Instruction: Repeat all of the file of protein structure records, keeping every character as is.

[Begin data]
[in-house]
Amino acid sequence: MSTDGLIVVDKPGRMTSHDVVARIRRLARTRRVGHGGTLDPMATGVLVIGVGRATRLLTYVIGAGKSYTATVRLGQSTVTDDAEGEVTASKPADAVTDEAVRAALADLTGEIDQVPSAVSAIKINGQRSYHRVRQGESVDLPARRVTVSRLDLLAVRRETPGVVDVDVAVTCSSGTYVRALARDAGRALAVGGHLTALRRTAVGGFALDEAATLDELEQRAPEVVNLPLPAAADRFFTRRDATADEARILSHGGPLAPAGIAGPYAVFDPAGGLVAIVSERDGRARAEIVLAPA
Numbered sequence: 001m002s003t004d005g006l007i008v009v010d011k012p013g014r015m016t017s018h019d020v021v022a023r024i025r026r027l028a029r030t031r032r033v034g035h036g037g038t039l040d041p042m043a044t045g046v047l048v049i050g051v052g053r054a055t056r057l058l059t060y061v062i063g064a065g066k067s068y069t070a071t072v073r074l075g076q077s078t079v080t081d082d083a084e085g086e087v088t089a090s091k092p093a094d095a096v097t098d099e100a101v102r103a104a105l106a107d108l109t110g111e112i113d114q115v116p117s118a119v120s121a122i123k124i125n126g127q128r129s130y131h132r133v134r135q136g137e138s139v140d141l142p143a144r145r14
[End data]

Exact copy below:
[in-house]
Amino acid sequence: MSTDGLIVVDKPGRMTSHDVVARIRRLARTRRVGHGGTLDPMATGVLVIGVGRATRLLTYVIGAGKSYTATVRLGQSTVTDDAEGEVTASKPADAVTDEAVRAALADLTGEIDQVPSAVSAIKINGQRSYHRVRQGESVDLPARRVTVSRLDLLAVRRETPGVVDVDVAVTCSSGTYVRALARDAGRALAVGGHLTALRRTAVGGFALDEAATLDELEQRAPEVVNLPLPAAADRFFTRRDATADEARILSHGGPLAPAGIAGPYAVFDPAGGLVAIVSERDGRARAEIVLAPA
Numbered sequence: 001m002s003t004d005g006l007i008v009v010d011k012p013g014r015m016t017s018h019d020v021v022a023r024i025r026r027l028a029r030t031r032r033v034g035h036g037g038t039l040d041p042m043a044t045g046v047l048v049i050g051v052g053r054a055t056r057l058l059t060y061v062i063g064a065g066k067s068y069t070a071t072v073r074l075g076q077s078t079v080t081d082d083a084e085g086e087v088t089a090s091k092p093a094d095a096v097t098d099e100a101v102r103a104a105l106a107d108l109t110g111e112i113d114q115v116p117s118a119v120s121a122i123k124i125n126g127q128r129s130y131h132r133v134r135q136g137e138s139v140d141l142p143a144r145r14